There isn't one plan, but several, each containing various options for Army General George Casey, the top U.S. military officer in Iraq. Pentagon officials acknowledged last week that the number of U.S. troops could be cut to 100,000 by the end of 2006. But Casey will face two "decision points" next year--one in March, when he can fully assess the effects of the Dec. 15 election, the other in June, when major U.S. units have to be told if they will deploy.Presumably this also depends on what the new Iraqi government wants, which may be what comes up in that March "decision point." I have no idea whether it's even possible to keep 100,000 troops in Iraq for the next four years, or whether a "contingency option"—sending more troops in if civil war breaks out?—is at all feasible. I assume a lot of soldiers would have to go back for fourth or fifth tours, with all the bad effects that will have. Still, Time doesn't make it sound like a massive drawdown is in the cards, though admittedly it's like reading tea leaves here.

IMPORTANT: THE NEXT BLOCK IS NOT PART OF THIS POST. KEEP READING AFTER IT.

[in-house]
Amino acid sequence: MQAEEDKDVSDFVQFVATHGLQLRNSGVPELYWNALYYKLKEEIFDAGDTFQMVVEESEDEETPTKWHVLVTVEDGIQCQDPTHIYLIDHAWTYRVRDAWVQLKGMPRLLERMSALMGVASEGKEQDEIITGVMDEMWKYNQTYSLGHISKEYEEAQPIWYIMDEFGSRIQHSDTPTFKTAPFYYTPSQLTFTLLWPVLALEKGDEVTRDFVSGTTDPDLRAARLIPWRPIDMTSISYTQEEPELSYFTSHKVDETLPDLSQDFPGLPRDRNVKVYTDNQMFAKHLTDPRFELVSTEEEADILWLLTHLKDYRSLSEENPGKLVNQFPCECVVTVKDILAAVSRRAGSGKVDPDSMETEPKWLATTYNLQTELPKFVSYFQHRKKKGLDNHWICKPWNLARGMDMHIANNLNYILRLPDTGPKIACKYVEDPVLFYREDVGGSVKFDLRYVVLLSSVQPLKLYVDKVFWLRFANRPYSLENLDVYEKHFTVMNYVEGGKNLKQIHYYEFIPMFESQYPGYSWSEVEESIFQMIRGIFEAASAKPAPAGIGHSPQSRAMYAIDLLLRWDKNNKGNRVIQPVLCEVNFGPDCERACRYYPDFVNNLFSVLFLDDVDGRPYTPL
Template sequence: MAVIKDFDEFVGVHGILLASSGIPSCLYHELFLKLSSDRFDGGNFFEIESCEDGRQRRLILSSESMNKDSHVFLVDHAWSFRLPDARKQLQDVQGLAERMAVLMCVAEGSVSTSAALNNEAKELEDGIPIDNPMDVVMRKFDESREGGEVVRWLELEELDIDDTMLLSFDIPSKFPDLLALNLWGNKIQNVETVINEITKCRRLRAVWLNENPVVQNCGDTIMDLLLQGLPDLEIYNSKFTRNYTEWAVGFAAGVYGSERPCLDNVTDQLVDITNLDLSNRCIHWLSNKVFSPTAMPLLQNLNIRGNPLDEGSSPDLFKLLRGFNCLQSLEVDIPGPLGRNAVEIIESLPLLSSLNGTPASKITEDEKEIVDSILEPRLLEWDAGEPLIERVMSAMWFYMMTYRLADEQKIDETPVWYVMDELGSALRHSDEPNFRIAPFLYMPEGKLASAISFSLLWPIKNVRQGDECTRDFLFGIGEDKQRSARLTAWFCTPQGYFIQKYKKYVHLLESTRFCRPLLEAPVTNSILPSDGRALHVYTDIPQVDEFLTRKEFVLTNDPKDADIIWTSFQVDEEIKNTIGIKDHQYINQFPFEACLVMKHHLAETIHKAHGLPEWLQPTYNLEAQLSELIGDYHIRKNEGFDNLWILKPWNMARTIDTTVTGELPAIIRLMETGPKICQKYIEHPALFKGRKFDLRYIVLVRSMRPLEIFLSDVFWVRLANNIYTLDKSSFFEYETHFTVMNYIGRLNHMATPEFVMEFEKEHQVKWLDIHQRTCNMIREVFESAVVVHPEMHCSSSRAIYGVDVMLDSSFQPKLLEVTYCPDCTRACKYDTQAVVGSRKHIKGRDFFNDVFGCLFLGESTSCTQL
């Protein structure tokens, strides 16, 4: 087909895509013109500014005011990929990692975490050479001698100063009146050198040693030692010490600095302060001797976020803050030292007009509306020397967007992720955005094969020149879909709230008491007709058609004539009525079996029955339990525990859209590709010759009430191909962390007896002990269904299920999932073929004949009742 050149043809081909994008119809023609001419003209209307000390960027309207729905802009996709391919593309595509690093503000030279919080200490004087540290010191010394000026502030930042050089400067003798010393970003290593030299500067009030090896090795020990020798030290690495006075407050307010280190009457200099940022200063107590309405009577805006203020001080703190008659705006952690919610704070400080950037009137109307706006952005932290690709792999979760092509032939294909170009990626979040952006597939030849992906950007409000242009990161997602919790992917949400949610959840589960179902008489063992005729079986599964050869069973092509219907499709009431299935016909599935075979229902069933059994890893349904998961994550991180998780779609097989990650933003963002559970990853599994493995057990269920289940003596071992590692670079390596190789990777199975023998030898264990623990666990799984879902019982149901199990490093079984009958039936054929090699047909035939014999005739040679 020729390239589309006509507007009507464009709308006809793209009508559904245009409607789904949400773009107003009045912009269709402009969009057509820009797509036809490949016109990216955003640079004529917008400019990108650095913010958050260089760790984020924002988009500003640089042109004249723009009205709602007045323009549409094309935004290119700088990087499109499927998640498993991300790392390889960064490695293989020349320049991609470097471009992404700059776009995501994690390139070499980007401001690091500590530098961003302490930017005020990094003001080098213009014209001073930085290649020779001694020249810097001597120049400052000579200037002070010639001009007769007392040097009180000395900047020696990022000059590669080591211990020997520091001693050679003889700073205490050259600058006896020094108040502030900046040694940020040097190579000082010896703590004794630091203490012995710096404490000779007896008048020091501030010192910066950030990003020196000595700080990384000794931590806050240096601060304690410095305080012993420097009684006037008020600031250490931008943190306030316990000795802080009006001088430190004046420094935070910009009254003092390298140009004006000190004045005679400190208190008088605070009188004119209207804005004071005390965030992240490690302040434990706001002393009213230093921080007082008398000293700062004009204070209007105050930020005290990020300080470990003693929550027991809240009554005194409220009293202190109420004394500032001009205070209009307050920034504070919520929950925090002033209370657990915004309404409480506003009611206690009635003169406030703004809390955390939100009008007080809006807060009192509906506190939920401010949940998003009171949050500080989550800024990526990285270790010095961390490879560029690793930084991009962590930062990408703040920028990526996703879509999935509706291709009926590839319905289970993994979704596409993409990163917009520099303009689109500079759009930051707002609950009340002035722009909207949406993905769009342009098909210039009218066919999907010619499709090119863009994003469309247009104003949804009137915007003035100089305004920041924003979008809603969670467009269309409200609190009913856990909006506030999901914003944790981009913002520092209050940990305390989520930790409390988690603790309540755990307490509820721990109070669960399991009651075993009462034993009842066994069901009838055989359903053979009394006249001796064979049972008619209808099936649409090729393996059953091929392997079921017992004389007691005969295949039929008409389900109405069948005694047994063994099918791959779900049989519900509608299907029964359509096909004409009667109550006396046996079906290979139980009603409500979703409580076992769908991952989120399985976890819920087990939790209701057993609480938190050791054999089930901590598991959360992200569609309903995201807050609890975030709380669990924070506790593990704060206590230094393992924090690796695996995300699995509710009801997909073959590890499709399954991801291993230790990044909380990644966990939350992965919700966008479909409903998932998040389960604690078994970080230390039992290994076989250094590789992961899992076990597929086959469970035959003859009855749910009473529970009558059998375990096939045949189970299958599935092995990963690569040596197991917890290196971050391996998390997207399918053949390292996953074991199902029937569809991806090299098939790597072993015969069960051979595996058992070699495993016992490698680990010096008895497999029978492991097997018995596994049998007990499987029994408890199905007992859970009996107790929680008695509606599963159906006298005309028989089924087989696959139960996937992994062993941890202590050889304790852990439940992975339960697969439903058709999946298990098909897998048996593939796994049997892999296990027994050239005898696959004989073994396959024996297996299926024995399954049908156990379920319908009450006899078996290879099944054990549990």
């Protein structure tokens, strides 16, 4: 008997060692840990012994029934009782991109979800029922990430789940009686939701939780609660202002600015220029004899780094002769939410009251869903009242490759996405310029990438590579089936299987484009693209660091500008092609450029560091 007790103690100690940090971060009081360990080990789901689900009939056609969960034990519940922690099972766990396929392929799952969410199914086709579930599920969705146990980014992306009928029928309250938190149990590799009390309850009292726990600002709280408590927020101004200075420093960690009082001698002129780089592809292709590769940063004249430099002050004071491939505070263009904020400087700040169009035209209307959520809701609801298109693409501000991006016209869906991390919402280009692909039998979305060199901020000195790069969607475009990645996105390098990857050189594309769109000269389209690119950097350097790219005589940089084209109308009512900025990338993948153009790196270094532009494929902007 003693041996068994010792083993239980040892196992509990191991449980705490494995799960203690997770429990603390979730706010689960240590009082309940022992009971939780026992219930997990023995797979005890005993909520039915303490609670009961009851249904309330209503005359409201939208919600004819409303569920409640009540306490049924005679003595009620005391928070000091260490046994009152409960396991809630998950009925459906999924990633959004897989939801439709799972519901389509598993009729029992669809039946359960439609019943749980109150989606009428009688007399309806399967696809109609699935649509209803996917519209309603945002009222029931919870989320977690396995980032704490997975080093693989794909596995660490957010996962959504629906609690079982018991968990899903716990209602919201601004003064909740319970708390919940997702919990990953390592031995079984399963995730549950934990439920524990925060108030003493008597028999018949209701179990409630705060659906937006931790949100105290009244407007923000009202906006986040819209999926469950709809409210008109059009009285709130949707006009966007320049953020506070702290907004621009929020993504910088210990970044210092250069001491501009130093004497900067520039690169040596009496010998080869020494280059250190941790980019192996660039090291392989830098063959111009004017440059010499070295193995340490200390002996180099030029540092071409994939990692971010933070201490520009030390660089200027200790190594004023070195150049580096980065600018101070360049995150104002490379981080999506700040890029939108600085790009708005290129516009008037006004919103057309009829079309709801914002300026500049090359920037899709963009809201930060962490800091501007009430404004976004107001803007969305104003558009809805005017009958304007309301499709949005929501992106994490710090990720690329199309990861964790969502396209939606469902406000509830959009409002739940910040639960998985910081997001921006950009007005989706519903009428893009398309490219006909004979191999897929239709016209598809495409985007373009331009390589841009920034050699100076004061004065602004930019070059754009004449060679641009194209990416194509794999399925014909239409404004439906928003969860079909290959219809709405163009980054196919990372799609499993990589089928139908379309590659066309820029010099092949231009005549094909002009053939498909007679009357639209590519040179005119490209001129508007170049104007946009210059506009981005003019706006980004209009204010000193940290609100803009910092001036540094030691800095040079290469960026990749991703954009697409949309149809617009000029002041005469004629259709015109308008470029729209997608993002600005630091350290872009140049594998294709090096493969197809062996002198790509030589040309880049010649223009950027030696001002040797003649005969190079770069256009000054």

At this stage, almost no one is talking about a rapid, large-scale troop drawdown. Inside the Pentagon, officers privately caution that troop levels could even rise if Iraqi security forces don't shape up as expected, if the insurgency grows more fierce or--of greatest concern--if civil strife evolves into full-fledged civil war. In fact, a senior Pentagon official tells TIME that Secretary of Defense Donald Rumsfeld asked his planners last week to make sure they have a contingency option if things go very badly in Iraq next year.
Even if the U.S. does decide to withdraw troops, it won't simply flee. Washington is spending millions on fortifying a few Iraqi bases for the long haul. "The challenge for us is, what is the right balance--not to be too present but also not to be underpresent. This will require constant calibration," U.S. Ambassador to Iraq Zalmay Khalilzad tells TIME. Indeed, last August, Army chief of staff Peter Schoomaker said that as many as 100,000 Army troops could remain in Iraq for four years.